This leads to the hypothesis that the strong immune reaction that is triggered in the intestines when the virus appears may be so intense that the entire immune system ‘goes berserk’. “If you see such an abnormal immune reaction in the lungs, a flood of white blood cells enters the lungs, which doesn’t leave enough room to exchange gases and thus absorb oxygen.” These and more follow-up research questions need to be addressed, and are probably already being addressed here and there around the world, partly as a result of the Science article. What the research already provides now, in addition to the explanation for the gastrointestinal symptoms of many COVID-19 patients, is more awareness of the contagiousness of stools. “No intact virus particles have been found in stools yet, but the genetic material in the virus has been found. It is almost certain that the stools of COVID-19 patients are still contagious. So, this requires a lot of caution after every visit to the toilet, as well as among staff in nursing homes who change incontinence products. Good hand hygiene is essential.” Because the virus has a layer of fat that holds it together, washing with soap is very important, he stresses. “Soap destroys fat, causing the virus to fall apart and become harmless.” Finally, the study also provides a ‘proof of principle’; it shows how hundreds of thousands of new substances and all current medicines can be tested with mini-organs, in the search for a treatment for COVID-19.
Artist and scientist David S. Goodsell made this reality-like image of the corona virus (CSB Protein Data Bank; doi: 10.2210/rcsb_pdb/goodsell-gallery-019)
The key to the vaccine
And then there is the vaccine, which the whole world is yearning for so that ‘normal life’ can be resumed, older people can be hugged again, and more. To arrive at a vaccine, it is essential that you know exactly how the virus works. Chinese researchers have already published 3D animations of the structure of the ‘spikes’ of the coronavirus. “These show which proteins are on the ends of the spikes, but also that part of each spike is coated with sugar molecules. That’s what the virus does to protect itself from the human immune system. Antibodies, for example from a vaccine, cannot attach to proteins with sugar structures. So, with your vaccine, you want to access elements of the spike that are not coated with sugar molecules; the human body will create antibodies to attack this, which in fact disables the key of the coronavirus. Then it won’t be able to penetrate human cells.”
Or a medicine cocktail instead?
That doesn’t sound so simple and Peters can wake us up from the dream—it isn’t. Although hundreds of groups of scientists across the globe are working on it around the clock, he thinks the chances are very slim that there will be a vaccine that protects us against the coronavirus in a year's time. “We’ve been looking for a vaccine to protect against AIDS for 30 years, a vaccine for tuberculosis and malaria for 100 years.” The professor thinks that a cocktail of different medicines will be found sooner for the treatment of COVID-19. “Just like with the AIDS virus, where for years the symptoms have been suppressed very successfully with a combination of medicines. That cocktail intervenes in three stages of the virus. Even if a mutation occurs in one stage, you still have two other drugs that will work. According to Darwin's principles, it is impossible for all three to mutate at the same time. That’s why it works so well.” And speaking of mutating—it is expected that the coronavirus will also mutate in the future and that a new variant of the vaccine will therefore be needed every year, just as with the flu shot, in order to provide people with the best protection possible.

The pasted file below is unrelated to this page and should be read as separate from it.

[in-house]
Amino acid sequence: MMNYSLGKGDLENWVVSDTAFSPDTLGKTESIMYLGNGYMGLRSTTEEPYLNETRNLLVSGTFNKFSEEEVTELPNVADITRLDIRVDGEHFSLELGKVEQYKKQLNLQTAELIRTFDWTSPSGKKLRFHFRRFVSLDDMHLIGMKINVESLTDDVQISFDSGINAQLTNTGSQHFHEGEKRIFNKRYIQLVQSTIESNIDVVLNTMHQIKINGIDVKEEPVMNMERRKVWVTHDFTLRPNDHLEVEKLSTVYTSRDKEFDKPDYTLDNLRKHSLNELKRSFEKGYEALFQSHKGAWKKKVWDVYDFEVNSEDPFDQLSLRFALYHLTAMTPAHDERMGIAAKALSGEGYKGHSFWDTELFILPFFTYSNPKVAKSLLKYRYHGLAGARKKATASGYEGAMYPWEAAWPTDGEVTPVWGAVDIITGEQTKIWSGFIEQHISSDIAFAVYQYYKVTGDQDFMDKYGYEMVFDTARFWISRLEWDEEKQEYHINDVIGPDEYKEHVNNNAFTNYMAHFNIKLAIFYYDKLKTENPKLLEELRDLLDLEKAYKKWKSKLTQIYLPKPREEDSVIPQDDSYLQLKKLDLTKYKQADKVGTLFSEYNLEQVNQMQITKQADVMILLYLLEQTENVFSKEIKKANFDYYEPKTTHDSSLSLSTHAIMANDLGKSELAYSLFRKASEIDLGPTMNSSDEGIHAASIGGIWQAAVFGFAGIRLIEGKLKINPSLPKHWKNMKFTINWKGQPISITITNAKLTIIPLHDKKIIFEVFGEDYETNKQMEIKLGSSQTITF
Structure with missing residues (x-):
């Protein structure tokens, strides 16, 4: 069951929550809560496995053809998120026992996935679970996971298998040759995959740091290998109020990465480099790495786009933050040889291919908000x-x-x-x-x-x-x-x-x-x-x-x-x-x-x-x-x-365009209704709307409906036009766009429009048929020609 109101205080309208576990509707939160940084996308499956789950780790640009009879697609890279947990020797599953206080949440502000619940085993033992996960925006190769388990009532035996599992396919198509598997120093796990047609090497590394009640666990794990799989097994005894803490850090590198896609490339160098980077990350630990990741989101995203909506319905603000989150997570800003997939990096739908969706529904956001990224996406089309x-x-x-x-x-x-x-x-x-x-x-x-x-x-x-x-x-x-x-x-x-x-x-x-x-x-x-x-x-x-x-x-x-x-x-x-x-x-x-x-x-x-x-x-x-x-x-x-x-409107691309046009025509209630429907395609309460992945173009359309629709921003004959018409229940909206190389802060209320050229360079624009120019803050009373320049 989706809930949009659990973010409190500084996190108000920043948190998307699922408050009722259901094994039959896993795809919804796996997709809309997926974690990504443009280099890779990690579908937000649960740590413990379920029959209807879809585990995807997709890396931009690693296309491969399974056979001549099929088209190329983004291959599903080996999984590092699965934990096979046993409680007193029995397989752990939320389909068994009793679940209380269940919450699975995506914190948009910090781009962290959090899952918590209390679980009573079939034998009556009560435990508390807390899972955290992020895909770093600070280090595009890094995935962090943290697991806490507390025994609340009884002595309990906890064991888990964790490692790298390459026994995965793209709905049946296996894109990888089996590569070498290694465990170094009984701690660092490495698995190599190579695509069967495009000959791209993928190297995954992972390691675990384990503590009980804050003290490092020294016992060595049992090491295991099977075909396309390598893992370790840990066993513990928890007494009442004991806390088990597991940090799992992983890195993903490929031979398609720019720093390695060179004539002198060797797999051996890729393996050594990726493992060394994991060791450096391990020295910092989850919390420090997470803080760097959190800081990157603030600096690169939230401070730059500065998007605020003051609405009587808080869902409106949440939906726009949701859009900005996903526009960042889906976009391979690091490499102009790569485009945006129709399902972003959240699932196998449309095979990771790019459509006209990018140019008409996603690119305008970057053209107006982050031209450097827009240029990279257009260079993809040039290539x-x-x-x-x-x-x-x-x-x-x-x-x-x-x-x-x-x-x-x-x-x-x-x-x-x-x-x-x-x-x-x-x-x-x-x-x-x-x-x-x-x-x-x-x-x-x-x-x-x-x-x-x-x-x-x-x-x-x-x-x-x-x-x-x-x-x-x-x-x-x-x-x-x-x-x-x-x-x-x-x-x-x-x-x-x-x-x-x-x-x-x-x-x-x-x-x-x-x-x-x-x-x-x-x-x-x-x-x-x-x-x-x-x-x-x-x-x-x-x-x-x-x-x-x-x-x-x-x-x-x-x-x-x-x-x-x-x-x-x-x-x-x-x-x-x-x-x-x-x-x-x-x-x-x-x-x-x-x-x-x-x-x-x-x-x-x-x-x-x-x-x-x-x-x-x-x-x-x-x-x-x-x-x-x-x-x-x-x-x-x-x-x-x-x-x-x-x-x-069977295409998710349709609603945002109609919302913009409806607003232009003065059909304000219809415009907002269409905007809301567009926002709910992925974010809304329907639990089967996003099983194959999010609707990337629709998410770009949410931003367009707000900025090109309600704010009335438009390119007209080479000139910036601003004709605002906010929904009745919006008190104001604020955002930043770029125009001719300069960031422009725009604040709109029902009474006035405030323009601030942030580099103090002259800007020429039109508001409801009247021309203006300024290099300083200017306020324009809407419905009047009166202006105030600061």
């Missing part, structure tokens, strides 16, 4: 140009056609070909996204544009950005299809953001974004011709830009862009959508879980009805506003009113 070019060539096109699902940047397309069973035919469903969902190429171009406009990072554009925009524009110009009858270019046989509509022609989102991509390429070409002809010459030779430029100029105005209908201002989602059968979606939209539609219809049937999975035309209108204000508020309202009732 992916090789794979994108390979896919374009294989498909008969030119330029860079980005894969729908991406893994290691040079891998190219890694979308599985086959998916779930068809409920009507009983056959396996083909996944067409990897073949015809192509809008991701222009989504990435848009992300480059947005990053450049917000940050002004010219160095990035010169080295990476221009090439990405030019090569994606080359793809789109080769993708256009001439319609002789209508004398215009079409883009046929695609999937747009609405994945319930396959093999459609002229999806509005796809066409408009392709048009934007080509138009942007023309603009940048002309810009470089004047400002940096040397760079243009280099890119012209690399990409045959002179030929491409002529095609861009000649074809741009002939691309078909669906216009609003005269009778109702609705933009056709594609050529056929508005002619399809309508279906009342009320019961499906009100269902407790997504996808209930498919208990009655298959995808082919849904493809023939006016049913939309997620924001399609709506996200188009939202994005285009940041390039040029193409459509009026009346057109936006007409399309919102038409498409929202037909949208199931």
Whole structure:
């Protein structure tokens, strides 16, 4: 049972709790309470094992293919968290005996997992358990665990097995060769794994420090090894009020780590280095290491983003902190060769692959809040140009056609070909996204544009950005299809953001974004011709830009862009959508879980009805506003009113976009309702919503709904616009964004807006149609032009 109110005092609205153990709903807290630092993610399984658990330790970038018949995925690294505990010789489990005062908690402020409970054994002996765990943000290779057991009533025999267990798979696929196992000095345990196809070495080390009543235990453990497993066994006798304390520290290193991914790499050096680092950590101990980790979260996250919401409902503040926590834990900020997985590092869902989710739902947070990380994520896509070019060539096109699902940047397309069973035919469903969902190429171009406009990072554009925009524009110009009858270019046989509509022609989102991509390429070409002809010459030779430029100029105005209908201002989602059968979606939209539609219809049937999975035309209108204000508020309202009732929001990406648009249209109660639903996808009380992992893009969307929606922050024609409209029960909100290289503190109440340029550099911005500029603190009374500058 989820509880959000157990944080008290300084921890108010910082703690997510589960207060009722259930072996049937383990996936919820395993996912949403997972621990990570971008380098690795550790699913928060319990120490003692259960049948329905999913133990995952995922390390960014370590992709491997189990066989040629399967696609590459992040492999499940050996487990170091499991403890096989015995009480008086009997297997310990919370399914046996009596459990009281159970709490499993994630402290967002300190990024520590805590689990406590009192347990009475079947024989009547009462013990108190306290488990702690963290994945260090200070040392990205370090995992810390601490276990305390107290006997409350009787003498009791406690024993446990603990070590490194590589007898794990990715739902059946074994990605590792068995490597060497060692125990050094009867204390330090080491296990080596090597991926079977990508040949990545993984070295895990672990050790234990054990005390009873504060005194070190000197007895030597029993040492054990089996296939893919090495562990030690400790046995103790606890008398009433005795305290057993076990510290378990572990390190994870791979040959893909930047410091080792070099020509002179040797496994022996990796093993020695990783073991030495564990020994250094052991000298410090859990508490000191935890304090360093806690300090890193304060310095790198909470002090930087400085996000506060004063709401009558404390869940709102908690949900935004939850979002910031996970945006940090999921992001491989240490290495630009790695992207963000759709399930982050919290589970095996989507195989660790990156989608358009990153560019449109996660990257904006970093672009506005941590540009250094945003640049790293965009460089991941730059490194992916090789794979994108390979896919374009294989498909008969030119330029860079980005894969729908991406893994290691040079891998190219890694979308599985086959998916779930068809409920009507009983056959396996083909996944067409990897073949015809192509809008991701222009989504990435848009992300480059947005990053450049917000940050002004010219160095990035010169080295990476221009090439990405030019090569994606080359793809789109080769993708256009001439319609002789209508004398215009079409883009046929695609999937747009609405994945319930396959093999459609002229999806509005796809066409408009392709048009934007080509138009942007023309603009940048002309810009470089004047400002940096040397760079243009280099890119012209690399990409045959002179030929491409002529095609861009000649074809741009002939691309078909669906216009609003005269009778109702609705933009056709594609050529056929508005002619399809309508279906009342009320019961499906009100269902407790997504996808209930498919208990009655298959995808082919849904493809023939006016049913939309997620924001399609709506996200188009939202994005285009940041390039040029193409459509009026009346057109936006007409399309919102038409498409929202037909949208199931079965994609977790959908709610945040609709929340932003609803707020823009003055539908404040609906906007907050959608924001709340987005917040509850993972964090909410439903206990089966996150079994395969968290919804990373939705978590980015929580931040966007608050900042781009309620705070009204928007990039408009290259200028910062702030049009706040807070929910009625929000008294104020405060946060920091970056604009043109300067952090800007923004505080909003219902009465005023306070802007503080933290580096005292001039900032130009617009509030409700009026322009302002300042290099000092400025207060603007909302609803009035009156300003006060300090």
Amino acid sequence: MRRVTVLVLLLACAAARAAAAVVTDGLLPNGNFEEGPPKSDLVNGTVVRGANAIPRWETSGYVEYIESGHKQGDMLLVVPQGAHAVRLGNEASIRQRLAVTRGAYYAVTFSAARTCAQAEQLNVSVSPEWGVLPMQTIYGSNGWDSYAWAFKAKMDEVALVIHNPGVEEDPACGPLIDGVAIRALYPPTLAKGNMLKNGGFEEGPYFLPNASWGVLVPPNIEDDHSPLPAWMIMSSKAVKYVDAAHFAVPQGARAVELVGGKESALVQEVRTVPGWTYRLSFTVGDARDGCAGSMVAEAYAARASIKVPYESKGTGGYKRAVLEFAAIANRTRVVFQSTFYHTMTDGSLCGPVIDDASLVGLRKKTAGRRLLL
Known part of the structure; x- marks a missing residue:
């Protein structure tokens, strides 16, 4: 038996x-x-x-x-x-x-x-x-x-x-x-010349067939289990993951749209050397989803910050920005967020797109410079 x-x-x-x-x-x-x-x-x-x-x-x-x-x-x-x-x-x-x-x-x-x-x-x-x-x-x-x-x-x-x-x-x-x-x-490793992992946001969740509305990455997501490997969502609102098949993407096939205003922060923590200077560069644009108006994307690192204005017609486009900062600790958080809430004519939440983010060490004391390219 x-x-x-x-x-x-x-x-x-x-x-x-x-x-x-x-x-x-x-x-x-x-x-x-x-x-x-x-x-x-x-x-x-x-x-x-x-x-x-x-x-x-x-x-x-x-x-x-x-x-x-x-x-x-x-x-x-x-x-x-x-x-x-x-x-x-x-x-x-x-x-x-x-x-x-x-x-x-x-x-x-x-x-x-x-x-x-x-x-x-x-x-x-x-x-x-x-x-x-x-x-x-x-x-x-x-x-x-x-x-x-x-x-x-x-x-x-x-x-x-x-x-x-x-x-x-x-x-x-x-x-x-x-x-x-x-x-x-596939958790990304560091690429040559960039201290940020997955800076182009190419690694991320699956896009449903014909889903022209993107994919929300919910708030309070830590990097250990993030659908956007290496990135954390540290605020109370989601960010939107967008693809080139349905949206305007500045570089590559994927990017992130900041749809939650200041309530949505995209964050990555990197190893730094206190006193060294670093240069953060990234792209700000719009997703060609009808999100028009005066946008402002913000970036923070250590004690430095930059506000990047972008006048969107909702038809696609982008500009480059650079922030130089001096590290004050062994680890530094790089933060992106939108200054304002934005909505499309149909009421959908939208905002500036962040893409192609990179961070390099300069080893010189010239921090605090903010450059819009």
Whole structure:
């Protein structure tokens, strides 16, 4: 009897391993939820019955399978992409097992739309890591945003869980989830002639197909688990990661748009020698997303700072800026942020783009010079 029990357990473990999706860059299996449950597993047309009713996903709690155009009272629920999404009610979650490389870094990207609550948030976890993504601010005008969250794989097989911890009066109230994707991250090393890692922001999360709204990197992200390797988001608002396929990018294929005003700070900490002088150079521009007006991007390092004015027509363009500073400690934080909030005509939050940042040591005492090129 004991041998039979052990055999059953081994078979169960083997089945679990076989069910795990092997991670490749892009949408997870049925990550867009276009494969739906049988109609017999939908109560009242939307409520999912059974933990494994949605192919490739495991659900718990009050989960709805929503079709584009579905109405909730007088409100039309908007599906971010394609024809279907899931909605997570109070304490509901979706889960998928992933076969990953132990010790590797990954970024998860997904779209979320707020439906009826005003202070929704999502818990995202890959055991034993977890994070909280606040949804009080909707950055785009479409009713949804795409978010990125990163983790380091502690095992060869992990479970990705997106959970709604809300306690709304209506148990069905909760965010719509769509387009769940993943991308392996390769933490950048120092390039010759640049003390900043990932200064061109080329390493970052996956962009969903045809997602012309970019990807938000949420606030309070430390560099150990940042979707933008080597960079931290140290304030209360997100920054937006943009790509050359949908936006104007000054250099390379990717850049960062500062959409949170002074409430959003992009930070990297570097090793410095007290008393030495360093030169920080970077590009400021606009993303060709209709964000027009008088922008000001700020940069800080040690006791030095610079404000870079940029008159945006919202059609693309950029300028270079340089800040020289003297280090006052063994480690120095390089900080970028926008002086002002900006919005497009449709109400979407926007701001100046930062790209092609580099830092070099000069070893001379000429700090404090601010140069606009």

Another UM contribution
In order to examine viruses (or parts of them) under electron microscopes, they need to be frozen in a special way in liquid ethane. The university scale-up CryoSol-World at the Brightlands Maastricht Health Campus, which was co-founded by Peters, is developing the Vitrojet, which is the successor to the Vitrobot. This device, developed by Peter Frederik and his colleagues, is currently being used worldwide in coronavirus research. “It has appeared in a number of good publications”, says Peters proudly. “It’s great to see that UM can also contribute in this way to research into the coronavirus and the neutralising antibodies that can inhibit the virus”, says Peter Peters.
Clinical epidemiologist and post-doctoral researcher Frits van Osch studied Epidemiology because of its strong focus on research methodology. Frits is excited to work with statistics, data and patterns at VieCuri Medical Centre and to pass on his knowledge to FHML students as a tutor.
After obtaining a bachelor’s degree in Biometrics, Bibi Teeuwen was looking for a master with a focus on the nervous system and brain. This happened to be the same year that the master’s programme Biomedical Sciences added its sixth specialisation ‘Neuromodulation’
In order to pursue a master’s degree that combines health and communication, Michelle Vellinga moved from Amsterdam to our UM-community in Maastricht. In her own words, choosing Maastricht University was the best decision she made during her student life.